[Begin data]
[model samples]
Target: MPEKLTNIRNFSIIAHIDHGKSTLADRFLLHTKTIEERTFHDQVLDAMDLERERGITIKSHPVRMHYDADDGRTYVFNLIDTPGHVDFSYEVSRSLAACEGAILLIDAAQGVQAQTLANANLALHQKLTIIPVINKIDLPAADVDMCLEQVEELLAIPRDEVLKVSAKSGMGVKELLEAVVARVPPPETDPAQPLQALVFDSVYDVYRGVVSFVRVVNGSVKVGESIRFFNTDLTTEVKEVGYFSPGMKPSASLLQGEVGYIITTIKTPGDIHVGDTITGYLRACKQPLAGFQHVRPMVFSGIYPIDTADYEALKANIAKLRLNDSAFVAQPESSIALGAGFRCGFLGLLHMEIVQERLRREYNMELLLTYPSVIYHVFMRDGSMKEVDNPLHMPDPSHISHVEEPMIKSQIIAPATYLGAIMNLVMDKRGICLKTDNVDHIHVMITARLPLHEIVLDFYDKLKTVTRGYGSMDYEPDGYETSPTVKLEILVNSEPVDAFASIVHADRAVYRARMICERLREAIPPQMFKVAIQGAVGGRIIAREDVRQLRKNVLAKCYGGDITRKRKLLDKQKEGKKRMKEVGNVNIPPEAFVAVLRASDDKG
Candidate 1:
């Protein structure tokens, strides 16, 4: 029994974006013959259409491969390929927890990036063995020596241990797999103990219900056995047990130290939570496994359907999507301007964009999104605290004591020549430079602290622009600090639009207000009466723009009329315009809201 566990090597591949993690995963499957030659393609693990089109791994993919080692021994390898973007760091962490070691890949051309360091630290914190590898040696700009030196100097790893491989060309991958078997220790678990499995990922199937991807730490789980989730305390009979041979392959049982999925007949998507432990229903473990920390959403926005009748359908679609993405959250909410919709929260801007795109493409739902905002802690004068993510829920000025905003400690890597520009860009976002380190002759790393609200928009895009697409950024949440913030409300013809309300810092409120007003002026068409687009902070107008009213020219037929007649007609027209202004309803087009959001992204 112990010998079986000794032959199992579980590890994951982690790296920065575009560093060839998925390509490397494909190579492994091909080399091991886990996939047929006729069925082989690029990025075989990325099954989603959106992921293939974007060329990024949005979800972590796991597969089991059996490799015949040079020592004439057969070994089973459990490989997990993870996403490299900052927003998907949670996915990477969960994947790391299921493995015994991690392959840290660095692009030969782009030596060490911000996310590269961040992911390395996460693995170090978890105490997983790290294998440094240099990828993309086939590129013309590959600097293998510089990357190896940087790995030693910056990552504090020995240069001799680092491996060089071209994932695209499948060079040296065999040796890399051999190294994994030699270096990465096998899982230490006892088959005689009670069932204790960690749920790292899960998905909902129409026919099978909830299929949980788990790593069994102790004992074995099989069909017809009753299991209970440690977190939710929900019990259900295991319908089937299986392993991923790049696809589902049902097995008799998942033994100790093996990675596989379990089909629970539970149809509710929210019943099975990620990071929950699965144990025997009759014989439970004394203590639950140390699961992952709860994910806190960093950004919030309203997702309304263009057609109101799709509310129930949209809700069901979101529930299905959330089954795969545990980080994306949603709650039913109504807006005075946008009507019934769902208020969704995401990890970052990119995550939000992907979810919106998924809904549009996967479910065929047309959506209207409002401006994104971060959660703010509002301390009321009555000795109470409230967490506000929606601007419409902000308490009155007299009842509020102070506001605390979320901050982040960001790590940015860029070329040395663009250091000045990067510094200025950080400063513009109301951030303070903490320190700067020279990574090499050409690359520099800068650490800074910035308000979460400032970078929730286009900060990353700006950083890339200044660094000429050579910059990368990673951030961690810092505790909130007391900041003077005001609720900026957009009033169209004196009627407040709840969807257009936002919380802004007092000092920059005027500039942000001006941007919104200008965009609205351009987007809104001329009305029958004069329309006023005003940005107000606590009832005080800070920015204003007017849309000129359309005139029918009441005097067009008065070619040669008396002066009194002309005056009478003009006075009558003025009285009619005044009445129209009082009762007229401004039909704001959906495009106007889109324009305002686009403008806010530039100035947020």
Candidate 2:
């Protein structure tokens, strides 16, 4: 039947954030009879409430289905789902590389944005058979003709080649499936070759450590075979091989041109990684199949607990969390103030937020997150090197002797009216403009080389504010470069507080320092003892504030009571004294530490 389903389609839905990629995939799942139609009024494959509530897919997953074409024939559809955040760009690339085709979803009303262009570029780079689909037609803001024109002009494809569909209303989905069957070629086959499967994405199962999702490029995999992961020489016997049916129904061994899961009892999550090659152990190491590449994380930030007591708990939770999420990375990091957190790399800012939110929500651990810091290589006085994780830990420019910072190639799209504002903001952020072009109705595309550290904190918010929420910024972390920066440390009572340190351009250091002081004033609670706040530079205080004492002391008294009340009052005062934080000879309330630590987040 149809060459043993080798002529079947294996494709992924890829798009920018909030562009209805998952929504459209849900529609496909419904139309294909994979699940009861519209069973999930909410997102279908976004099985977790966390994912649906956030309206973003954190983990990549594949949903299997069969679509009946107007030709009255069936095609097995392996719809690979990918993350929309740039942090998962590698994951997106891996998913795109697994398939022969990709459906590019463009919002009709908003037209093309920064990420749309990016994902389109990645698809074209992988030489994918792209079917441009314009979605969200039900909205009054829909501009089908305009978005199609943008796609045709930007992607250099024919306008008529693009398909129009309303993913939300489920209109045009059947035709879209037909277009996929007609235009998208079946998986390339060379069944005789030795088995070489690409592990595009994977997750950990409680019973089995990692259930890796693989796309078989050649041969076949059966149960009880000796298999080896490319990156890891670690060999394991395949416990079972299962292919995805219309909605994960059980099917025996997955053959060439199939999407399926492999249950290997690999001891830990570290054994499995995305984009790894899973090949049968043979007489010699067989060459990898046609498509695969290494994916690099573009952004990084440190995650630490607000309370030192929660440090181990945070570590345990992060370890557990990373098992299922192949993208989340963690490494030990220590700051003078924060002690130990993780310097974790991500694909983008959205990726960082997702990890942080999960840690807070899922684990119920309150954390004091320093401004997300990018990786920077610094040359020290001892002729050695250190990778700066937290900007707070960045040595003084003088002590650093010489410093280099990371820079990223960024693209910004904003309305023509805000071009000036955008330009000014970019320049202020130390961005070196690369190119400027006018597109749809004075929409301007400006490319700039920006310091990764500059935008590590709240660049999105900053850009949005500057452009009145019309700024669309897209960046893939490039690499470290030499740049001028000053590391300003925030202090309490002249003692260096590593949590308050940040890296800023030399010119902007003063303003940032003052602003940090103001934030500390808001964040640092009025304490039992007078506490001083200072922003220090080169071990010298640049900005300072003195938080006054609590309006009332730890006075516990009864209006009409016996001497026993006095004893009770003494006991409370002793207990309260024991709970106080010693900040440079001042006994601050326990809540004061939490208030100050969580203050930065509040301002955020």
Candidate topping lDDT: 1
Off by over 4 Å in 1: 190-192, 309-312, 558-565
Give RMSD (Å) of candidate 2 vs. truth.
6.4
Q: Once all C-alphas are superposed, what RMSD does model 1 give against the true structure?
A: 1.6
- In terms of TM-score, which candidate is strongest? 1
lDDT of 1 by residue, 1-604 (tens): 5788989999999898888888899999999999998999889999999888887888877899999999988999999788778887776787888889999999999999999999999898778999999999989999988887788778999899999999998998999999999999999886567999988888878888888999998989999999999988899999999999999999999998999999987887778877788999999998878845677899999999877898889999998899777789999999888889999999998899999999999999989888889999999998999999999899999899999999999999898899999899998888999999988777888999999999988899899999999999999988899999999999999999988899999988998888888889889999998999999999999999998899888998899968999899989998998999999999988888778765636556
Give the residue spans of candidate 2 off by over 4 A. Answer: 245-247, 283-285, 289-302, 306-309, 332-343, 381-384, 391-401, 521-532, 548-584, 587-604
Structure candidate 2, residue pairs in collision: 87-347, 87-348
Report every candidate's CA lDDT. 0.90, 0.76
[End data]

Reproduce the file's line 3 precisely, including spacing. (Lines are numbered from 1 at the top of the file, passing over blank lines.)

Candidate 1: